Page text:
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First, Do No Harm: How Educators and Police Can Work Together More Effectively to Preserve School Safety and Protect Vulnerable Students

Published May 3, 2010, Johanna Wald and Lisa Thurau

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Today, the Charles Hamilton Houston Institute for Race and Justice at Harvard Law School released a policy brief, entitled, “First, Do No Harm,” (authors Johanna Wald and Lisa Thurau) that examines the history and impact of school resource officer programs, focusing on a series of interviews that the authors conducted in 16 school districts in Massachusetts. The brief identifies the reasons for the large expansion in police presence in schools during the past decade, and summarizes existing research about how the deployment of police in schools has changed school environments.  In addition, it offers recommendations for policy reforms intended to maximize the benefits of police presence in schools, while reducing the risk of unnecessary criminalization of vulnerable youths.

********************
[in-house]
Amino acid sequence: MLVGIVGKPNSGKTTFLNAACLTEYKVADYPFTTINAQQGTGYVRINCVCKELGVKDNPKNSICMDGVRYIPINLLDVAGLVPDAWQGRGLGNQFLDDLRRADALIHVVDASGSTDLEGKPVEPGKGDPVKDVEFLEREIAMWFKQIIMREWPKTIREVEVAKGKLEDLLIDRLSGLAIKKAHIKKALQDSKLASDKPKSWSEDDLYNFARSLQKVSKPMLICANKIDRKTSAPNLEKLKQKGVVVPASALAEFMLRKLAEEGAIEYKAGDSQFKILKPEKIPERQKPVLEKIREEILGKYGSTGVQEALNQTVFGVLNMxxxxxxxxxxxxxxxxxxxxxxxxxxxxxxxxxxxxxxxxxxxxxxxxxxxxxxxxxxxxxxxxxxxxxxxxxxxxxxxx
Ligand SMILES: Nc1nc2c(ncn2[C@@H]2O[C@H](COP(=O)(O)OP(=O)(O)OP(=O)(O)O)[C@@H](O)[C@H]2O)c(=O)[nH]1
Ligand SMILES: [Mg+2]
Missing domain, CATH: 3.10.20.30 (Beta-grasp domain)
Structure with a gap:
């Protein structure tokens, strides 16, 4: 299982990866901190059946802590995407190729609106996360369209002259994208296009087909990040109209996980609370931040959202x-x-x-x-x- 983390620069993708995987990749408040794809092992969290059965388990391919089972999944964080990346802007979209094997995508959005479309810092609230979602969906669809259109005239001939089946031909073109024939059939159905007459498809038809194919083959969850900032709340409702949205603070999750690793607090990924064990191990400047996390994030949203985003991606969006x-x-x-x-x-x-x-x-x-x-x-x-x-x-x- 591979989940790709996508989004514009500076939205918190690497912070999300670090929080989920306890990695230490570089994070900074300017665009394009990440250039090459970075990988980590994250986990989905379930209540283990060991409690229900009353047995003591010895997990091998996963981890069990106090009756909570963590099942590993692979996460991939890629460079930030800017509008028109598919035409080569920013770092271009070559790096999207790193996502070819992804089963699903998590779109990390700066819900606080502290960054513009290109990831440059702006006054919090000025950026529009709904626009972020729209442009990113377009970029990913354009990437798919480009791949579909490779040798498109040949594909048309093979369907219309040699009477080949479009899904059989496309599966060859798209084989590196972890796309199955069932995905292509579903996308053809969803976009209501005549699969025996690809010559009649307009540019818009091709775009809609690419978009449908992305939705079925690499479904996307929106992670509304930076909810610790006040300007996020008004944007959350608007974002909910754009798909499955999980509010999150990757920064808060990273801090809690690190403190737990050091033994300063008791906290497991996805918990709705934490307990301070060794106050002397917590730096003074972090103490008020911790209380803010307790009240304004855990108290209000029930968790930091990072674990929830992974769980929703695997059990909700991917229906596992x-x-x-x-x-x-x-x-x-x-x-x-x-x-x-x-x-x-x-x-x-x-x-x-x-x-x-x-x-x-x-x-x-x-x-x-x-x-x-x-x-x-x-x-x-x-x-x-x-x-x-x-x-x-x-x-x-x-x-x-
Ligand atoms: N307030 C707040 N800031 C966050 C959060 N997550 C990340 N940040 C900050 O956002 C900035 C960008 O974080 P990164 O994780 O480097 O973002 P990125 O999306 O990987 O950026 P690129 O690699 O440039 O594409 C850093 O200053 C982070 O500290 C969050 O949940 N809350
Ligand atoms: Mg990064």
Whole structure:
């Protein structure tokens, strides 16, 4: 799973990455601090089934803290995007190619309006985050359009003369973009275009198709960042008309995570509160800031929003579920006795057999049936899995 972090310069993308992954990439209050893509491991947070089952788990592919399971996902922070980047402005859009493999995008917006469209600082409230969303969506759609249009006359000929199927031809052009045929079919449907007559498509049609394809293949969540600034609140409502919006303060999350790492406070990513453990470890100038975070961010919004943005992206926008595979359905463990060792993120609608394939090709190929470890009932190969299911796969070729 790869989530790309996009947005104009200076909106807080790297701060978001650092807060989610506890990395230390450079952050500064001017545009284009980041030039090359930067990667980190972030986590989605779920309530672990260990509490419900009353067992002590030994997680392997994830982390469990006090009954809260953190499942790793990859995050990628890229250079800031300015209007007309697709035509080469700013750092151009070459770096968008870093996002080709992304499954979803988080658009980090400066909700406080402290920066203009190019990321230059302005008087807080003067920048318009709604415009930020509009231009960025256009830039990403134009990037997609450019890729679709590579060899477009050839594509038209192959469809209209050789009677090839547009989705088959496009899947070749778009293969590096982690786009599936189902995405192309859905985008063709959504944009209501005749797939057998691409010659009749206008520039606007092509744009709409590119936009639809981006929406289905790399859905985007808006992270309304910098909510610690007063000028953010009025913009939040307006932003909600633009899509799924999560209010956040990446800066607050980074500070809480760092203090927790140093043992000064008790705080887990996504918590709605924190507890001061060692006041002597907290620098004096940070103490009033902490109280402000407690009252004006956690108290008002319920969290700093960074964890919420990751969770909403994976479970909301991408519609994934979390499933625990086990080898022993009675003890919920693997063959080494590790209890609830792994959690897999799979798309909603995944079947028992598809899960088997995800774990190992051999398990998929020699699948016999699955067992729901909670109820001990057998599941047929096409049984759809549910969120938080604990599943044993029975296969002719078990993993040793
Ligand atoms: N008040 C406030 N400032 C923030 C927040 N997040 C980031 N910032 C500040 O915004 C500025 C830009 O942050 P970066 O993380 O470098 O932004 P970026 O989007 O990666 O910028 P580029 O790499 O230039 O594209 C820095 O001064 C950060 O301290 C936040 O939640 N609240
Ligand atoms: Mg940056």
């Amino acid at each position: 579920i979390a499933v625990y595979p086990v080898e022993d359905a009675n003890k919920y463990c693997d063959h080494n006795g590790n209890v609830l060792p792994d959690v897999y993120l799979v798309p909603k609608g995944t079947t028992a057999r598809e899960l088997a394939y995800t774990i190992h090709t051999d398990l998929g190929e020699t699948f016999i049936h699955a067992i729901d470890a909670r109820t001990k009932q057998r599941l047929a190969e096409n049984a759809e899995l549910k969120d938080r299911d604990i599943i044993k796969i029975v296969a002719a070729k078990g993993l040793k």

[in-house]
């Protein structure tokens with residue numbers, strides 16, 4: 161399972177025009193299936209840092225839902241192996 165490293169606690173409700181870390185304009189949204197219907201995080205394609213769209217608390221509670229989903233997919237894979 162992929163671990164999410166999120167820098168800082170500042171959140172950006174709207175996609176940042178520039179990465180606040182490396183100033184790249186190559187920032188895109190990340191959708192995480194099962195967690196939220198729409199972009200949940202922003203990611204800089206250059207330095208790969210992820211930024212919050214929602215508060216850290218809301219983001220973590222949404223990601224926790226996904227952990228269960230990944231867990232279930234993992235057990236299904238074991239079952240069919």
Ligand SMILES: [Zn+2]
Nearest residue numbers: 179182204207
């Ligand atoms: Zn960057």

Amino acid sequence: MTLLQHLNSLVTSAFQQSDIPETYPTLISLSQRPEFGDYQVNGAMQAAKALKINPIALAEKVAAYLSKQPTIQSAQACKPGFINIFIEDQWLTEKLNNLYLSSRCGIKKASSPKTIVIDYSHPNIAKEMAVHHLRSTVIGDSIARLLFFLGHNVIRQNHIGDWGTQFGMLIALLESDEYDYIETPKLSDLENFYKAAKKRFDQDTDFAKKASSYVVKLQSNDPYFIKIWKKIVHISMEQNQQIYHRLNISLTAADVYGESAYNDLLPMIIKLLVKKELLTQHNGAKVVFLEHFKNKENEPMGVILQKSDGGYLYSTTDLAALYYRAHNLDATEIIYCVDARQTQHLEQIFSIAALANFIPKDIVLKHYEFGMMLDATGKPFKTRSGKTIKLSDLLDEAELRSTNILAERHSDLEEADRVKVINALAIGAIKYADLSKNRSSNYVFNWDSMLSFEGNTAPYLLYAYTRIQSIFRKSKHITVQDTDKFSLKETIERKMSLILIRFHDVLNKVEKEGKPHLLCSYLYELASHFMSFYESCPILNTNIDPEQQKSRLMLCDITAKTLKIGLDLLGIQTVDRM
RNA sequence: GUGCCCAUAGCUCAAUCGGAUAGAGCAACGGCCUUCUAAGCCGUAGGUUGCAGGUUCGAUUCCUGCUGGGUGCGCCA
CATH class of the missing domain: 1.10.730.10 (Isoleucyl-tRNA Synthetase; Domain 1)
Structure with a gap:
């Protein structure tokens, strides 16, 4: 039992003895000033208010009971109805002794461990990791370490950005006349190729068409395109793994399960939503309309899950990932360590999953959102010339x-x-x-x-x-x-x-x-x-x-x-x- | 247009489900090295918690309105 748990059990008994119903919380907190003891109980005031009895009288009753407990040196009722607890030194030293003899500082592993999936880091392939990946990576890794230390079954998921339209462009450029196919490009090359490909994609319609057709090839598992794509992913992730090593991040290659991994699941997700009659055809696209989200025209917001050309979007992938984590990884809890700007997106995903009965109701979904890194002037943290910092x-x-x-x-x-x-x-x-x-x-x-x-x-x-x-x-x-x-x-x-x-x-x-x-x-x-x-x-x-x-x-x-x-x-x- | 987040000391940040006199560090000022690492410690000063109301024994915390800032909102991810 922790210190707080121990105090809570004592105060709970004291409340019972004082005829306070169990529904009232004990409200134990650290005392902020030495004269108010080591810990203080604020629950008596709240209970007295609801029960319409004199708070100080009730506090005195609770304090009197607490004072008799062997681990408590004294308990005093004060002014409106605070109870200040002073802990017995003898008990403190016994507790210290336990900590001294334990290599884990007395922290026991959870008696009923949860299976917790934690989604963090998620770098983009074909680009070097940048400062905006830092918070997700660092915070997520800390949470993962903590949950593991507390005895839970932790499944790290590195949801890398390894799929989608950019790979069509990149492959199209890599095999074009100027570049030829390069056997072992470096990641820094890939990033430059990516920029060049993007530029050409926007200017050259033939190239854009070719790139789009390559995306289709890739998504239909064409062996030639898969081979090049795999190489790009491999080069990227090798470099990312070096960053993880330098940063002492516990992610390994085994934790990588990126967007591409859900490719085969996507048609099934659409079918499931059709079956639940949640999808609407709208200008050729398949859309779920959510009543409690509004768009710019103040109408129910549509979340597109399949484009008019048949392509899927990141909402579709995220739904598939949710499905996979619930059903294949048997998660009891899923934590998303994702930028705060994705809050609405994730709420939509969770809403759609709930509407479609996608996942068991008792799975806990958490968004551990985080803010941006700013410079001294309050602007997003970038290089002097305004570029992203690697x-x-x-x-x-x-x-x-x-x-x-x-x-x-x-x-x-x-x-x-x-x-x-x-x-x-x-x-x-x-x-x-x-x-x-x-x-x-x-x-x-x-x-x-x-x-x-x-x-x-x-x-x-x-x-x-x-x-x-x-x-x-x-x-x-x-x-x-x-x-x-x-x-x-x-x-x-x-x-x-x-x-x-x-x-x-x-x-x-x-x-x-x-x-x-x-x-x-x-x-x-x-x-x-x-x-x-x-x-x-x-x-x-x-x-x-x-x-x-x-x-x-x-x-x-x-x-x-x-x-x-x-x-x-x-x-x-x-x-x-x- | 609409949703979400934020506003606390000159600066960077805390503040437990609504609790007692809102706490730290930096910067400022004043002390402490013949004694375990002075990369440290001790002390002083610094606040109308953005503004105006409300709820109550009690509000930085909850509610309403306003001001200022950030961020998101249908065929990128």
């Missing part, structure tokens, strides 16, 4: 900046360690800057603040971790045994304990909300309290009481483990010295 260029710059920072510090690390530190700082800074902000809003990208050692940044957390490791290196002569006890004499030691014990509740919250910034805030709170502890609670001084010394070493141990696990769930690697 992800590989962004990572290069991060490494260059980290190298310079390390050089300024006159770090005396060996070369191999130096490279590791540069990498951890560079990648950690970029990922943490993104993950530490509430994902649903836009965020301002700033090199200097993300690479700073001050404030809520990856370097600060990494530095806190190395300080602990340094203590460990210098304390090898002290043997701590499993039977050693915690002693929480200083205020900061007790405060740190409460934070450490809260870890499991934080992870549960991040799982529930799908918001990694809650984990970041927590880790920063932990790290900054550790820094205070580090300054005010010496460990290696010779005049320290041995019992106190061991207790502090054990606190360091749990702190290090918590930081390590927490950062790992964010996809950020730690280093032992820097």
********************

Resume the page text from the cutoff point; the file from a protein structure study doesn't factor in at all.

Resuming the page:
Reform areas: Mental/behavioral health

States: Massachusetts

Categories: Community-based alternatives/diversion

Uploaded May 18, 2010


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Models for Change was a juvenile justice systems reform initiative supported by the John D. and Catherine T. MacArthur Foundation, website operated by Justice Policy Institute.